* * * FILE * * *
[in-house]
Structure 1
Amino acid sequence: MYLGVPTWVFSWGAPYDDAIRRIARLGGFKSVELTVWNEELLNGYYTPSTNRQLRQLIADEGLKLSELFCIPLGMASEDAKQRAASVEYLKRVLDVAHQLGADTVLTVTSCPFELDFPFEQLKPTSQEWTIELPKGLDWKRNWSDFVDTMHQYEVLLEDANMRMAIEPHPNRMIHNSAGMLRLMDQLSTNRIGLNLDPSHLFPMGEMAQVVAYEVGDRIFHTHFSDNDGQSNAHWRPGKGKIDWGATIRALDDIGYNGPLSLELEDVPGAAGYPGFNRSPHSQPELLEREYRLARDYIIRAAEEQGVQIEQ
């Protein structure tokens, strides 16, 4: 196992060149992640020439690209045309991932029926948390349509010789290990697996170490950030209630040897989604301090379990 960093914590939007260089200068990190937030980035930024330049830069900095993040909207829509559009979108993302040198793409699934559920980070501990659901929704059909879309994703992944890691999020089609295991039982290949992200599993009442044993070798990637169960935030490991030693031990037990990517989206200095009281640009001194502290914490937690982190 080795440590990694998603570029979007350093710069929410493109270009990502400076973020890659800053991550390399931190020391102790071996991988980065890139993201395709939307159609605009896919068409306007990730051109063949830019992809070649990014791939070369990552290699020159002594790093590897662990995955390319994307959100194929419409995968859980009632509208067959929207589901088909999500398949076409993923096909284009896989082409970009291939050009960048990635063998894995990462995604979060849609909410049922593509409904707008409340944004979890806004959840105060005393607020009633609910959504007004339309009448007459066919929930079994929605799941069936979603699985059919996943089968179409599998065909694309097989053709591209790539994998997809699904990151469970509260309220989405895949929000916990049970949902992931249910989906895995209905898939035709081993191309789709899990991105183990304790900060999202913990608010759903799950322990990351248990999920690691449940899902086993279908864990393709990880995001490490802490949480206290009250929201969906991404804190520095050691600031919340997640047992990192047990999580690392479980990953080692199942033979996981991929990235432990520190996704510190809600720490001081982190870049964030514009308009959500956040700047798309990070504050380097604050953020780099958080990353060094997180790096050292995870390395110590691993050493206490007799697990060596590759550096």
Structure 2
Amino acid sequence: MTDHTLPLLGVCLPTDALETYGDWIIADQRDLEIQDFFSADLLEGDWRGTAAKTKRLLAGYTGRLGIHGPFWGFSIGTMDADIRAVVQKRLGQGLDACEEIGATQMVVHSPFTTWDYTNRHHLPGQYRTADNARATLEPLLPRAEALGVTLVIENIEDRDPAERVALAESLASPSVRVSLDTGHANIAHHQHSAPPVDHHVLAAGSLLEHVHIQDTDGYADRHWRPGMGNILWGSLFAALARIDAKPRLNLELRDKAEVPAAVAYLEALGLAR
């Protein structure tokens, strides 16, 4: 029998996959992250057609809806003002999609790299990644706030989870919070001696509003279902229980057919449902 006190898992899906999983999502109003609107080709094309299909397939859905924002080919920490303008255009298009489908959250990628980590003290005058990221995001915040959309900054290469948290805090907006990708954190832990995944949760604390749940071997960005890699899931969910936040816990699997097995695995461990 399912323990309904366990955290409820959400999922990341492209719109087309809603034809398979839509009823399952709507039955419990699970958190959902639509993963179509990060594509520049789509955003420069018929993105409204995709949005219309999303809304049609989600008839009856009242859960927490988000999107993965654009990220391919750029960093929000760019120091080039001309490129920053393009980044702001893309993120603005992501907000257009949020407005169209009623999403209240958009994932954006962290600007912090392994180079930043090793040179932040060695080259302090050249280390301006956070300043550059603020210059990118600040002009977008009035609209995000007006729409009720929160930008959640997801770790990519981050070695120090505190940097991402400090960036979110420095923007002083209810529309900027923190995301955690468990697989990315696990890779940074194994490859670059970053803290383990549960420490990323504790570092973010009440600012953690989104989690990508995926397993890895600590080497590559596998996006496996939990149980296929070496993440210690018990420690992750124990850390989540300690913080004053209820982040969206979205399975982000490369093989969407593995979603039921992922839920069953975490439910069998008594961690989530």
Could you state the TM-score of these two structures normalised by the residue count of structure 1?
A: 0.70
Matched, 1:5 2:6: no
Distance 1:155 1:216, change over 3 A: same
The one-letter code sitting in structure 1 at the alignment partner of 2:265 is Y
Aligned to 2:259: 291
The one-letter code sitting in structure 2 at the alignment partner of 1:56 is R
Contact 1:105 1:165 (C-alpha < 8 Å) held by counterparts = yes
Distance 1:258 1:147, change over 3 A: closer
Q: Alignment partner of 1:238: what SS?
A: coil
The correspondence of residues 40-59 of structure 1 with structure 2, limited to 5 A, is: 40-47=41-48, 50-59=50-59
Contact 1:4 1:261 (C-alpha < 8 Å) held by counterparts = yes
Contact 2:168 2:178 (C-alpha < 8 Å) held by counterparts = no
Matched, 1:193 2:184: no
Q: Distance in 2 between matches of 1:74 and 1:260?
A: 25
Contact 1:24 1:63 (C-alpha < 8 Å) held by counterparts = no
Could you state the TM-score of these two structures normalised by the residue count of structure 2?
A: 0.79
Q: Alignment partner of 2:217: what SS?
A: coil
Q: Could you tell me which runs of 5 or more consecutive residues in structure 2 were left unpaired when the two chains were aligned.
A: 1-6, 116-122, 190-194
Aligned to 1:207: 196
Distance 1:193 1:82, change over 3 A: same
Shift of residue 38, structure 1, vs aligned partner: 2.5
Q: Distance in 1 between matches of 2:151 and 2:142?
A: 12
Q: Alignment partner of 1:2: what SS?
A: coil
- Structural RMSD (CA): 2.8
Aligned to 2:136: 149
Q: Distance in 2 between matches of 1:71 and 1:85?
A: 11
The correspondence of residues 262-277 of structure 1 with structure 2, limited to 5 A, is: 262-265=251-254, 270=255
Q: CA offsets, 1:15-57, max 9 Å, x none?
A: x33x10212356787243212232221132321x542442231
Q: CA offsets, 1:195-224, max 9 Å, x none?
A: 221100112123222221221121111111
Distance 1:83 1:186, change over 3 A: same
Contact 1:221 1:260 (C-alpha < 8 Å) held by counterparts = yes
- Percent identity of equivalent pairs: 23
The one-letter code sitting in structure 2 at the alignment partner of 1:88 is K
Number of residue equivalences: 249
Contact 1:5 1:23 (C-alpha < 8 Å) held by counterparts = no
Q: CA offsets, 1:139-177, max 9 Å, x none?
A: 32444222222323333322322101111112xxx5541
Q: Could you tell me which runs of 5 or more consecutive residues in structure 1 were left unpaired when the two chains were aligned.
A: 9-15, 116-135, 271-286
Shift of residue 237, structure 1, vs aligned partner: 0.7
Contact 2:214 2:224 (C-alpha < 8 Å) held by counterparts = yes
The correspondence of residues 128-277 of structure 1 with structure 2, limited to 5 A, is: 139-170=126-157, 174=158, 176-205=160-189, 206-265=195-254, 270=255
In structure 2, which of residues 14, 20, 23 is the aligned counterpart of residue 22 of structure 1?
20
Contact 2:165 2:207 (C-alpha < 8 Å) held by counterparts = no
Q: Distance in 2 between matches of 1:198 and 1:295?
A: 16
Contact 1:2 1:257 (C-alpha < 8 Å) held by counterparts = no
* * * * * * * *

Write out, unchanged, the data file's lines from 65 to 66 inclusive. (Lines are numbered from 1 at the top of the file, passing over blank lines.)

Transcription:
A: 16
Contact 1:2 1:257 (C-alpha < 8 Å) held by counterparts = no